The 6th meeting of the Dialogue on Action for Climate Empowerment will focus on public awareness, public participation and public access to information.

At higher education levels, countries are reporting efforts undertaken to build the capacity of new generations of climate scientists to deepen their knowledge of a rapidly evolving science and to master interdisciplinary approaches linked to climate change. At the same time, universities continue to be drivers of innovation, and academia, as a repository of authoritative scientific information, is increasingly supporting policymakers in shaping cross-sectoral implementation of mitigation and adaptation actions.

Non-formal education initiatives and programmes are also crucial to catalyze public interest in sustainability pathways. Websites, newspaper articles, television programmes and movies, as well as the greening of schools, museums and market halls, contribute to raising awareness among citizens on climate change causes, impacts and solutions. In national reports submitted to the UNFCCC, there is a wide recognition of the role of non-governmental organizations (NGOs) in increasing public sensitivity to environmental and development problems, and fostering a sense of personal environmental responsibility and commitment towards sustainable development policies and actions, in particular at the local and grassroots levels.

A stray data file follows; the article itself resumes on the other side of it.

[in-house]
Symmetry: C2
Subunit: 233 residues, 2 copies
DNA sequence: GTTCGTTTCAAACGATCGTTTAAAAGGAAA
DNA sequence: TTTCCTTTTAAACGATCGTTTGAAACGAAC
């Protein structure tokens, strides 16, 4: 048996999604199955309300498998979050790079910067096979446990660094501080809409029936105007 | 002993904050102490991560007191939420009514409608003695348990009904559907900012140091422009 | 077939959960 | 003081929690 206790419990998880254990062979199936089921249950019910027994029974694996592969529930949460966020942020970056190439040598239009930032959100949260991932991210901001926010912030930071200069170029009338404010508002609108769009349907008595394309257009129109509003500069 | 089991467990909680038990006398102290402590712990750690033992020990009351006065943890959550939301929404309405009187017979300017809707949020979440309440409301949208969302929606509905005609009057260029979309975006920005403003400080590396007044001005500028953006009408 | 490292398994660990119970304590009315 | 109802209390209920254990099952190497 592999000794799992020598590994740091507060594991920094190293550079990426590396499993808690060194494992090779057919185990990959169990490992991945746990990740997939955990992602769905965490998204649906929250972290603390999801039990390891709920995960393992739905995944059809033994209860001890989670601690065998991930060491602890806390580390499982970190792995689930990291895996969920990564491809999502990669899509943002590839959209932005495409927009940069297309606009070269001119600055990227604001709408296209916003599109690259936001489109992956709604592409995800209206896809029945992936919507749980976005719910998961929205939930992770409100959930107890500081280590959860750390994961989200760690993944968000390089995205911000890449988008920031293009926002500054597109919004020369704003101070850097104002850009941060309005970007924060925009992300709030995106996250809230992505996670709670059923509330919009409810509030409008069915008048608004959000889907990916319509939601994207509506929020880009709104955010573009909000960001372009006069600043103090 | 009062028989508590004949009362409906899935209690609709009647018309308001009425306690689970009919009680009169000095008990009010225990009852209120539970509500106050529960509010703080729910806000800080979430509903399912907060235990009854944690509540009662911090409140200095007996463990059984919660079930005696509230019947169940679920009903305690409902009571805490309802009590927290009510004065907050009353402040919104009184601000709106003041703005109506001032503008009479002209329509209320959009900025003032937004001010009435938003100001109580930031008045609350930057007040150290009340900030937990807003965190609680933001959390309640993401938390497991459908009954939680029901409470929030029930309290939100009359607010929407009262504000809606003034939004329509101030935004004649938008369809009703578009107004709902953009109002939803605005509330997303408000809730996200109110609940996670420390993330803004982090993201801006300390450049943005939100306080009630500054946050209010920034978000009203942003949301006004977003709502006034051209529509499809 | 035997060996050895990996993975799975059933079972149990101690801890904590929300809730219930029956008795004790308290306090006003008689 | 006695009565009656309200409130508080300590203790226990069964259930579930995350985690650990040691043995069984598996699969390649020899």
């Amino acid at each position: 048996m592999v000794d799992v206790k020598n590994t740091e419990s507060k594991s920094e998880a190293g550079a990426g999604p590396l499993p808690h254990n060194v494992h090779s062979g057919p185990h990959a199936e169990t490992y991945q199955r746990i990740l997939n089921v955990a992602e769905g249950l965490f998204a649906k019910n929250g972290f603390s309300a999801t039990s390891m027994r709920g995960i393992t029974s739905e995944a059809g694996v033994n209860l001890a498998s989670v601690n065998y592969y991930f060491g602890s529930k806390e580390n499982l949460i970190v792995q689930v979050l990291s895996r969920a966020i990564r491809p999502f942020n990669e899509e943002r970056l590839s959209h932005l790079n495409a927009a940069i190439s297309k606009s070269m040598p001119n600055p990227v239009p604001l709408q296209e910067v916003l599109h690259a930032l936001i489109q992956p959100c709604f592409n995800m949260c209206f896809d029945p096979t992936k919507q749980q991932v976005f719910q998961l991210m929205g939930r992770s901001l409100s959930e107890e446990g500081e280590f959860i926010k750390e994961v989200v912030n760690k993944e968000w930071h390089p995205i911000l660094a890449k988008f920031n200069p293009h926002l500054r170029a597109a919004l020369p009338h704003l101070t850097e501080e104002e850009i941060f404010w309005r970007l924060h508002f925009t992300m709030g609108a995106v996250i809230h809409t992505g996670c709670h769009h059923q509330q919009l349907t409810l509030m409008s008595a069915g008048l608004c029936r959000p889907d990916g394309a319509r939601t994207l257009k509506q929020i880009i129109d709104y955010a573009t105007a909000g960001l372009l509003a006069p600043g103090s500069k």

Knowledge hubs, centers of excellence and networking, including in the form of conferences and forums, are other important vehicles for the dissemination, sharing and exchange of knowledge, good practices and lessons learned on sustainable development issues. In the area of climate change, a growing number of programmes and events organized under the auspices of the UNFCCC facilitate the exchange of information, experience, good practices and lessons learned among Parties and non-Party stakeholders, at the same time providing learning opportunities.

The Nairobi Work Programme on impacts, vulnerability and adaptation to climate change (NWP), the Durban Forum on Capacity-building, the Dialogue on Action for Climate Empowerment (ACE), the NAP Expo, focused on national adaptation plans (NAPs), and NDC Regional Dialogues, focused on nationally determined contributions (NDCs) and organized together with the UN Development Programme (UNDP), are all examples of knowledge platforms facilitating the exchange of information and experiences on specific topics cutting across climate change and other areas identified in the SDGs.